On sitting down to write my contribution to this Colloquy, I found myself pulled in many directions, as Joan Williams’s new book is rich with fascinating and provocative ideas. From the incredibly valuable documentation of how rigid masculine norms harm men who want to do right by their families, to the highlighting of deep tensions between “femmey” and “tomboy” feminists, to the courageous exploration of cultural and political tensions driven by class performance, there is much in Reshaping the Work-Family Debate to discuss.
One of the aspects of the book I deeply admire is Williams’s attempt to spur different groups to make nice—femmes and tomboys, working-class parents and upper-middle-class progressives. This is driven not by a Pollyannaish desire to see us all get along, but by an acknowledgement of political reality. Without collaboration among these currently divided groups, the progressive policies that Williams hopes will improve the lives and chances of many will never gain wide enough support.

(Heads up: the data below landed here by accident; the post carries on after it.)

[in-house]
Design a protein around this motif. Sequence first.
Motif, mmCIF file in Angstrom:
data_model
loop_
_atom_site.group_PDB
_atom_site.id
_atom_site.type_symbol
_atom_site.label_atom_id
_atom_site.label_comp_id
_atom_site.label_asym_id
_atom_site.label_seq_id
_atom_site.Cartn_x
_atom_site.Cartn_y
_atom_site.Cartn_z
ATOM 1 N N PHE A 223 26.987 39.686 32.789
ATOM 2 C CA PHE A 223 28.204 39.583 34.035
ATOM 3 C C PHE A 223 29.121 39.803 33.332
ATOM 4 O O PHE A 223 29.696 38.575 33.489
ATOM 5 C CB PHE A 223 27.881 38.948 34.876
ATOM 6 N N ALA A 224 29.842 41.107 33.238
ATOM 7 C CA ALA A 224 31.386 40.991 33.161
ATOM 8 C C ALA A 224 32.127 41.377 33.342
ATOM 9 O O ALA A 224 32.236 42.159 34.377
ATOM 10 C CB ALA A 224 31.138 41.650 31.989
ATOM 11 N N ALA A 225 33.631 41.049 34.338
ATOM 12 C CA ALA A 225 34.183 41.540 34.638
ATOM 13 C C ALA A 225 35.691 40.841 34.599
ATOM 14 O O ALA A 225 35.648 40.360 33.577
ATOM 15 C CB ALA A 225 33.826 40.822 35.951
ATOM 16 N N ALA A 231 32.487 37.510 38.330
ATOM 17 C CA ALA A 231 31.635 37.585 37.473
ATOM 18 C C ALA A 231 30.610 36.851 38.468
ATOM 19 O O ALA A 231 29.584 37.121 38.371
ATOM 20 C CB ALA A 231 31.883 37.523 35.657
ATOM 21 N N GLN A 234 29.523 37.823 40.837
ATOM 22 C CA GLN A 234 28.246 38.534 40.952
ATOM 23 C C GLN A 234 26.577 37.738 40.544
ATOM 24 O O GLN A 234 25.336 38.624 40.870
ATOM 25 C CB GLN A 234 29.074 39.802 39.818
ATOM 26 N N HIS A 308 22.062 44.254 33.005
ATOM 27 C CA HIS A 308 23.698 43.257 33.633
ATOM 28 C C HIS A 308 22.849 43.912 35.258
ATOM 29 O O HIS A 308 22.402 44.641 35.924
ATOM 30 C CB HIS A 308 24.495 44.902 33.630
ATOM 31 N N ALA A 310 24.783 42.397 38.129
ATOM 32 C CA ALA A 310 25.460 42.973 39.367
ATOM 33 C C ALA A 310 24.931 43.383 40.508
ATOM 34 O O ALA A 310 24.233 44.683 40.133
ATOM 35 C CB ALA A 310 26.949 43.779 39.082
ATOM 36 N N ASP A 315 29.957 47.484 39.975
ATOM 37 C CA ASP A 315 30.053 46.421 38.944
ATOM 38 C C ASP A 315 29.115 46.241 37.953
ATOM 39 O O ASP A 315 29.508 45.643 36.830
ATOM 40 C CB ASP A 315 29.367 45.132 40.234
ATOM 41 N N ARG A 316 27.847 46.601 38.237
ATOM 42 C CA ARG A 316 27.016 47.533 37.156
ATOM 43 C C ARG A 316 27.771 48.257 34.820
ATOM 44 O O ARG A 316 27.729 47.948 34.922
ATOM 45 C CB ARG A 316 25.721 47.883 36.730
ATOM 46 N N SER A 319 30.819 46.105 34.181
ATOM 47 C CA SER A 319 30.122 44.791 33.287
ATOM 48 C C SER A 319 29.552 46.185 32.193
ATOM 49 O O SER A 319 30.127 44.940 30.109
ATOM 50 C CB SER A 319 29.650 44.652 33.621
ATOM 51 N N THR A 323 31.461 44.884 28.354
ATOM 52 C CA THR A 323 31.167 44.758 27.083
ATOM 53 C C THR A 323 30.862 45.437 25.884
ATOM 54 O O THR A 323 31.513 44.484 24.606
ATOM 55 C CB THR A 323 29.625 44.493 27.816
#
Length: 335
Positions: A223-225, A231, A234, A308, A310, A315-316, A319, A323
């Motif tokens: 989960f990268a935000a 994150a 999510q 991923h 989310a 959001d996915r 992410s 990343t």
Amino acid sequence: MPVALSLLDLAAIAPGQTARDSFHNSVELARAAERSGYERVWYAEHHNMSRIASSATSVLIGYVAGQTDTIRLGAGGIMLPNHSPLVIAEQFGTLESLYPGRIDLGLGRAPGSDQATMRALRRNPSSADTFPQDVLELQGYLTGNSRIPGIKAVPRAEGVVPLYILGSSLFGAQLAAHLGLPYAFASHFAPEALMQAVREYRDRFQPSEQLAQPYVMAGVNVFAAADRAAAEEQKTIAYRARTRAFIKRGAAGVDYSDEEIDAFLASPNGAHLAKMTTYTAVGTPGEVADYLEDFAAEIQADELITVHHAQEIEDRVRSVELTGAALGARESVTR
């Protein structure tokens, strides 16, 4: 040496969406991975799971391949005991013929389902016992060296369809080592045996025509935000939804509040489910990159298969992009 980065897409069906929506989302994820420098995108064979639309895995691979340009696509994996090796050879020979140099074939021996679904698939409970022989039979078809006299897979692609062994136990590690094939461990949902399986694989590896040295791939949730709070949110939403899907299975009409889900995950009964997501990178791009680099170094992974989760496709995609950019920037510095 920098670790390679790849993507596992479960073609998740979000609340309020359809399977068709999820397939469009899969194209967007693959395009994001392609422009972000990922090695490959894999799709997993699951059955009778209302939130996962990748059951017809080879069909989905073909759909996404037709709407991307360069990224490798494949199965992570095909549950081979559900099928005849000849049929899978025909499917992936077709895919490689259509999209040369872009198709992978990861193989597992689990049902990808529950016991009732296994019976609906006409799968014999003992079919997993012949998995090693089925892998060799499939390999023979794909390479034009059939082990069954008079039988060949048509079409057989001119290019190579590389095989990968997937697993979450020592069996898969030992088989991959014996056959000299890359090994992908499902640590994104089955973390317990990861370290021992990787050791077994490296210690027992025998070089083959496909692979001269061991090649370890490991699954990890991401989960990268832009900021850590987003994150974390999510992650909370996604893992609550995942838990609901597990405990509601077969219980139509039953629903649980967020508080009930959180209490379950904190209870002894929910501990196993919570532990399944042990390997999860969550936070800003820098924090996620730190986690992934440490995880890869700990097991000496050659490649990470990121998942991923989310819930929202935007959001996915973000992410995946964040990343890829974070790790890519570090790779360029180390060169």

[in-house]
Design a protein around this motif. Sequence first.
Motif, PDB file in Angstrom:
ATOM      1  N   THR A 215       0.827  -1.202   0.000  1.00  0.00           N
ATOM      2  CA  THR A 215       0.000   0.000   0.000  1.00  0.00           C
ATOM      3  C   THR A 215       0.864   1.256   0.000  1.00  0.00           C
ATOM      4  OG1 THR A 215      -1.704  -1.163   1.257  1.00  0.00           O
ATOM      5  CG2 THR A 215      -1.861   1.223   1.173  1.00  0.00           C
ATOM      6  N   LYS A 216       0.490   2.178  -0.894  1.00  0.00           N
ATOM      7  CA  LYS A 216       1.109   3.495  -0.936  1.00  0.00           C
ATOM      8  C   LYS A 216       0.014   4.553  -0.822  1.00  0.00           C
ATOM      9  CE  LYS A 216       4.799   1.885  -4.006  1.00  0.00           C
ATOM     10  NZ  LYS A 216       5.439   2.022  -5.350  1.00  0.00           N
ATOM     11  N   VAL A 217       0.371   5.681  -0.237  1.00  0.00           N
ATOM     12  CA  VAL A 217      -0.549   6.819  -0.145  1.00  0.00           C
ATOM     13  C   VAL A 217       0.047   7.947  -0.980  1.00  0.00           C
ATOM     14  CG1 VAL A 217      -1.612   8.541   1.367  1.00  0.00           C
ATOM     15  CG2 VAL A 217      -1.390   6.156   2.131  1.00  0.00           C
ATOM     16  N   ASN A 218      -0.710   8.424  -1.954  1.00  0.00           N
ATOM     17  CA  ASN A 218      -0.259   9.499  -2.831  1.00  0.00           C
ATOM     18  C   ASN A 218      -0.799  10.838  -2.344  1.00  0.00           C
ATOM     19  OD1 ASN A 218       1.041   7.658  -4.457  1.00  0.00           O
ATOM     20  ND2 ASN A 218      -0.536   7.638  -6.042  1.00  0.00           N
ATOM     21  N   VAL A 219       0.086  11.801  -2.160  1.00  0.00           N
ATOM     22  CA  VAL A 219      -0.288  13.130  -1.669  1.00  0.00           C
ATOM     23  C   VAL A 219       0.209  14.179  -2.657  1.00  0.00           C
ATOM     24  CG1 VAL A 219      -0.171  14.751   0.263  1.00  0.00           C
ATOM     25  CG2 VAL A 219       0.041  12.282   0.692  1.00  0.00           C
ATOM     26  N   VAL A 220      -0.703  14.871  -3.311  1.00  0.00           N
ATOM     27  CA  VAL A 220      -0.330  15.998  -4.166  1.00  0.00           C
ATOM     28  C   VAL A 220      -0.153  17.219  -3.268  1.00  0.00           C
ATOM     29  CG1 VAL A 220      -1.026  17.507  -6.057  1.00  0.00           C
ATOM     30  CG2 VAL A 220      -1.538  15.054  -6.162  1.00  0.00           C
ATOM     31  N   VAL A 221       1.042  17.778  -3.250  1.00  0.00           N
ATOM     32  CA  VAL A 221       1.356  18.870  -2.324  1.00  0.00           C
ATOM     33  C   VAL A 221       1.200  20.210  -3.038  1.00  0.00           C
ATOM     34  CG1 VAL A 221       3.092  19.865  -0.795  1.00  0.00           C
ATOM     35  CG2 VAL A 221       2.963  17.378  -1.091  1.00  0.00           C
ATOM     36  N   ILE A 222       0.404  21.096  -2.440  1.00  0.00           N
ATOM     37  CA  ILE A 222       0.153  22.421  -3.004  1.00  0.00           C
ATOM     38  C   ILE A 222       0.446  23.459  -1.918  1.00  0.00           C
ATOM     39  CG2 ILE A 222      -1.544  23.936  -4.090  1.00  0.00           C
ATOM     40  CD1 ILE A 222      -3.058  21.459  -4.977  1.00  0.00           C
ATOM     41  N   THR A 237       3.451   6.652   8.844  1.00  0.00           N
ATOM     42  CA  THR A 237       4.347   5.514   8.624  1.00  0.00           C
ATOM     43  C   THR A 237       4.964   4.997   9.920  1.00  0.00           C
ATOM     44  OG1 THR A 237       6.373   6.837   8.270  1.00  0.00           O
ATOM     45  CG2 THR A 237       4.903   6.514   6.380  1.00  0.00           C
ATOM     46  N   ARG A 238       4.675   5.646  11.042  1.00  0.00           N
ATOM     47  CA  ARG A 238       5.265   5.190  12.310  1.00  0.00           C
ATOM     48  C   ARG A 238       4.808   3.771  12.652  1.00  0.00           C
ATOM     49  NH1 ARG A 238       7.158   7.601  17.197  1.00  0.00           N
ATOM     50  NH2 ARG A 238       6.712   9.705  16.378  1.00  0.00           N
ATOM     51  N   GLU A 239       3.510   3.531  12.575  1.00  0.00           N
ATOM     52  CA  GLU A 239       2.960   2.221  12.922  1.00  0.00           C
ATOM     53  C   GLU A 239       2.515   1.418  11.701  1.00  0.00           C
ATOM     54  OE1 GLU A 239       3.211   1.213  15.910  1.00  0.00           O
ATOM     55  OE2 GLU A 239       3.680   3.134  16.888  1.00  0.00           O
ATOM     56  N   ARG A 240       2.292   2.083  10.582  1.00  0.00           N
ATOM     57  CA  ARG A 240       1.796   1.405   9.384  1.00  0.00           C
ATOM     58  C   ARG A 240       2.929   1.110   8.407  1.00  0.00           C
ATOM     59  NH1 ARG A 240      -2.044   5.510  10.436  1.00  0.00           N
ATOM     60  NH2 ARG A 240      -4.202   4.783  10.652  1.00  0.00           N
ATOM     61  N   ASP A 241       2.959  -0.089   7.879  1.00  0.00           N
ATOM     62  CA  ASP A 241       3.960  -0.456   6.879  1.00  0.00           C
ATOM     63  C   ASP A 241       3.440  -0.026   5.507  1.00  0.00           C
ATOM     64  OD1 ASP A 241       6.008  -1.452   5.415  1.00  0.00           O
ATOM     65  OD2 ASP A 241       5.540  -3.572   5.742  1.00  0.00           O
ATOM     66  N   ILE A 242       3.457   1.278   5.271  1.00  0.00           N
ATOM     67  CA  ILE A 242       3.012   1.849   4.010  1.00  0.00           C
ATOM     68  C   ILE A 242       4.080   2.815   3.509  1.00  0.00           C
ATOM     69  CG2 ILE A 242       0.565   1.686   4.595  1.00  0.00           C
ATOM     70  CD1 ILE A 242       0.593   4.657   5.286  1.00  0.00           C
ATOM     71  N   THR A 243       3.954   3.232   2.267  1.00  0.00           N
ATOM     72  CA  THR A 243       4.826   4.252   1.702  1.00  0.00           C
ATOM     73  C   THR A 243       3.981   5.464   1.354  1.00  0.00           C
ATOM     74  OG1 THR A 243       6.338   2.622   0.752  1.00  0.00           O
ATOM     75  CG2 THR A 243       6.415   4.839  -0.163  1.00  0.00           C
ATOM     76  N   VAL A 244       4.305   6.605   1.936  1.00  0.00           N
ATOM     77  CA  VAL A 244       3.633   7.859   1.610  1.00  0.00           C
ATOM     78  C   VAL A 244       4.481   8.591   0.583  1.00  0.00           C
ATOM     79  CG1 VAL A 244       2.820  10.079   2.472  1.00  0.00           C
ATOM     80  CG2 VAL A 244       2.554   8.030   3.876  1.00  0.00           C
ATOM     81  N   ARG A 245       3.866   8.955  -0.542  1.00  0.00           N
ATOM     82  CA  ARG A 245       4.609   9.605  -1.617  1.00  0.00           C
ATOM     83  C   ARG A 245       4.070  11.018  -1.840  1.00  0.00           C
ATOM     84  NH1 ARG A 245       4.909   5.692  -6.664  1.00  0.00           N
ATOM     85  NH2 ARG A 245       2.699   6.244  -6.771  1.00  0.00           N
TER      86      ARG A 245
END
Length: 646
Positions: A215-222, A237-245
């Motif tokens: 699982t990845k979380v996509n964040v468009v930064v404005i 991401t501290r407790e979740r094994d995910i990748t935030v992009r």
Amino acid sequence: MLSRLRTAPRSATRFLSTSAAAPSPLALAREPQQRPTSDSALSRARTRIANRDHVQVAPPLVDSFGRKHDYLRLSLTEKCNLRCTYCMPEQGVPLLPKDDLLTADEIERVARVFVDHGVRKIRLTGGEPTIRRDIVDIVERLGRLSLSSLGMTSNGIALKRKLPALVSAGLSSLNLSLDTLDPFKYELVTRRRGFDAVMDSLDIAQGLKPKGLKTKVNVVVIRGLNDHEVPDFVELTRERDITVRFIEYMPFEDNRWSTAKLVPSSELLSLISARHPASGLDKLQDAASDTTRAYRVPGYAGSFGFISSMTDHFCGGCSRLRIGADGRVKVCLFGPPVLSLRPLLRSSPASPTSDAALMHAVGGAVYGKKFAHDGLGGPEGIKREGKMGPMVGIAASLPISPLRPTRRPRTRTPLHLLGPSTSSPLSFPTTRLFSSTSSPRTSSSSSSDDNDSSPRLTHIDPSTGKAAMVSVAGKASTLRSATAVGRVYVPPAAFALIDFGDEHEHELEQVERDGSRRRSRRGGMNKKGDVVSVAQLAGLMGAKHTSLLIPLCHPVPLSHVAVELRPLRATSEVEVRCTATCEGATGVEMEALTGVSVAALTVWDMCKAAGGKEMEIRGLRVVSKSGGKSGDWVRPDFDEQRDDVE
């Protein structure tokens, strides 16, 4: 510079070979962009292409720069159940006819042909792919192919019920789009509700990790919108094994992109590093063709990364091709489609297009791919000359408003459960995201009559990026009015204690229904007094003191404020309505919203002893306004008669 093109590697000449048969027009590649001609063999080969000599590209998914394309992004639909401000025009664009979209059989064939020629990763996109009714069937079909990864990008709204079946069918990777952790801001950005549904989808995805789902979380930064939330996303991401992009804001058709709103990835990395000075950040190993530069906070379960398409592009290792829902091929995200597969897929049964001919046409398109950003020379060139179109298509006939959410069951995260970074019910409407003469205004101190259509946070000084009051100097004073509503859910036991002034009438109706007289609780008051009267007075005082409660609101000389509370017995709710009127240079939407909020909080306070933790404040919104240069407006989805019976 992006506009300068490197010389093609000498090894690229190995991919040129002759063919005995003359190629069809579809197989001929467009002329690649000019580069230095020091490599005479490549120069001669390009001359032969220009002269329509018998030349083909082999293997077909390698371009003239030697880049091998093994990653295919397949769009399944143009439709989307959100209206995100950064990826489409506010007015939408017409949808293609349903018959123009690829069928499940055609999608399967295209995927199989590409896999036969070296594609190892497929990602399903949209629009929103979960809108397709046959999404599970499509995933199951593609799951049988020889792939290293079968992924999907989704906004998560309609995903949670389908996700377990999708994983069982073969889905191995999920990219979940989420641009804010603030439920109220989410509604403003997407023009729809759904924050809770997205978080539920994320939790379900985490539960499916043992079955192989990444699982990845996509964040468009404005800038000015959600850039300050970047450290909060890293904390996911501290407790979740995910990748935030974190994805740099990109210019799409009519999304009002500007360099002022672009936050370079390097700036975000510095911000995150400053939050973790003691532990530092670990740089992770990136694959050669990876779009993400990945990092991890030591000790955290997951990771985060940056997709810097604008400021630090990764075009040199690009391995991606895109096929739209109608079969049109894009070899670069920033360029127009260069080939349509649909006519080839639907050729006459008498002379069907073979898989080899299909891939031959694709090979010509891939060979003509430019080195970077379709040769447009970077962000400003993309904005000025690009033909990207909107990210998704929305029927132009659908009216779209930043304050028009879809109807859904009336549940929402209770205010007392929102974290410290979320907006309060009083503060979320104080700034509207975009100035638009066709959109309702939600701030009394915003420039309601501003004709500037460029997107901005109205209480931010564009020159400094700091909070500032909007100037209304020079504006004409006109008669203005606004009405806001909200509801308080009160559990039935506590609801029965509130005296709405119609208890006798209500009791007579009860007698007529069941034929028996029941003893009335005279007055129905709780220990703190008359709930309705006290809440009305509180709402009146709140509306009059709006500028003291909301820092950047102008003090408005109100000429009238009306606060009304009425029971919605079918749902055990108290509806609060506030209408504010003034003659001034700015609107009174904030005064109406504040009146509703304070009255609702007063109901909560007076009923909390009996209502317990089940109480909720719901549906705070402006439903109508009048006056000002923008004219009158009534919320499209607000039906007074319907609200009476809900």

I’m admittedly skeptical about coming together with femmes or working-class parents, particularly in the context of the work-family debate, because I’m skeptical that we really share enough common ground to create policies all these groups can get behind. But there’s no way that common ground, if it exists, could ever be discovered without confronting and examining our differences, and Williams is doing just that. Thus, this book is the only thing I’ve read in the past five years that even begins to mitigate my skepticism. Unwillingness to confront these differences is a major barrier that Williams is bravely breaking down. With that in mind, in this Essay I hope to explore some of my hesitations, in the hopes of making finding common ground more likely.
Gowri Ramachandran, Confronting Difference and Finding Common Ground, 34 SEATTLE U. L. REV. 725 (2011).